006 – Exploring Characteristics of Sustainability Stimulus Patterns of Project Managers

Magano, José; Silvius, Gilbert; Silva, Cláudia S.; Leite, Ângela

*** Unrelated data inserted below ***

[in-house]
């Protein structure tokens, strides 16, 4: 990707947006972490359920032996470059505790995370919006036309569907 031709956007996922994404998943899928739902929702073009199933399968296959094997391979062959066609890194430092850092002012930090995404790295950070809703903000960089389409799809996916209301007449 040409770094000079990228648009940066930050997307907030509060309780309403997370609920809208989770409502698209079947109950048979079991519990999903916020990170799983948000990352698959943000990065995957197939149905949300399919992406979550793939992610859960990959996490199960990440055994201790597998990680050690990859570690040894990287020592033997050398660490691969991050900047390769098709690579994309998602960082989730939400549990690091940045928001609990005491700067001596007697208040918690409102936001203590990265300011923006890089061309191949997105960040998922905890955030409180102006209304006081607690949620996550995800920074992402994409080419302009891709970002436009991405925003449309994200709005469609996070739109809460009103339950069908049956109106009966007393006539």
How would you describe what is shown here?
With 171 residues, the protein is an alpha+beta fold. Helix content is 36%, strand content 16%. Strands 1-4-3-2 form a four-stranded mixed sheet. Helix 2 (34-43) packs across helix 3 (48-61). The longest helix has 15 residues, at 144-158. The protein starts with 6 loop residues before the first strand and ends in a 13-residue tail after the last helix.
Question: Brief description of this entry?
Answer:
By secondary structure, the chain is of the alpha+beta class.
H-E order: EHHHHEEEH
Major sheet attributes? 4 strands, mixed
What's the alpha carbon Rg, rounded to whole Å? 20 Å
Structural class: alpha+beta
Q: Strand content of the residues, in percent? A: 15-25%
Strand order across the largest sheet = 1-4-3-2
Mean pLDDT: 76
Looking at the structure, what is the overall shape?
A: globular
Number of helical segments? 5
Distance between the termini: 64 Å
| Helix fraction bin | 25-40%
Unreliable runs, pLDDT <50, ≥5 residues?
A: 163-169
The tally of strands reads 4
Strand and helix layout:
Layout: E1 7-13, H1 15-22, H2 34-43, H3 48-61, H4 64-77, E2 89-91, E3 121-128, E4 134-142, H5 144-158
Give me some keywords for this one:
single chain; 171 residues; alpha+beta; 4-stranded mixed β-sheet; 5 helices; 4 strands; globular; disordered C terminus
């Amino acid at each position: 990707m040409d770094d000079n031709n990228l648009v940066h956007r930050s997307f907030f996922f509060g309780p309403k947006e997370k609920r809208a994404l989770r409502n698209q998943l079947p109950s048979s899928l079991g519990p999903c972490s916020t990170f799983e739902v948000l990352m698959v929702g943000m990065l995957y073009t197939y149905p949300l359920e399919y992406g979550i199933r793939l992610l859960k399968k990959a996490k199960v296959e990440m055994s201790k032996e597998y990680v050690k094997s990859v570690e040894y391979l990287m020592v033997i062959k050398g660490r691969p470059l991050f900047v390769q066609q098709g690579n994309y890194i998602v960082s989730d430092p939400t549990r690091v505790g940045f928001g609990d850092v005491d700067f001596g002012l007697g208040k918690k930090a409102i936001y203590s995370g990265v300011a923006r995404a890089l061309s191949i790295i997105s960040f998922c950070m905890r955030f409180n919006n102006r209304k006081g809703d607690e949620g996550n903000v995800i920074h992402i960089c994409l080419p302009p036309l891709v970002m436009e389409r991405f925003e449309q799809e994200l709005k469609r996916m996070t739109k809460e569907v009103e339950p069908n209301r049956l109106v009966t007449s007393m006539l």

The role of projects in the transition of organisations towards sustainability is addressed in a growing number of studies, and “sustainable” project management is considered one of the most important project management trends today. As sustainability is a normative concept based on subjective values and beliefs, project managers are bound to experience different stimuli and inhibitors for the consideration of sustainability in their projects. Earlier studies identified three distinct stimulus patterns: Intrinsically motivated, Task-driven, and Pragmatic. However, little is known about these three groups of project managers’ personal and professional characteristics and their work environments. Following up on earlier studies, this paper explores the social-demographic and professional-related characteristics that the three stimulus patterns represent in a quantitative, survey-based study on a sample of 433 project managers. Analyses of descriptive statistics (means, frequencies, and Cronbach’s alpha) and inferential statistics (chi-squared, t test, and ANOVA) were used. The findings of the study support the conclusion that sustainability is a personal trait based upon the individual’s attitude towards sustainability. The study also reveals that the stimulus patterns of project managers significantly differ over industries and types of projects. The study intends to help organisations implement sustainability strategies by deepening their understanding of project managers’ stimulus to consider sustainability in their projects. The study contributes to the emerging knowledge on sustainable project management and specifically to the understanding of stimulus patterns of project managers.

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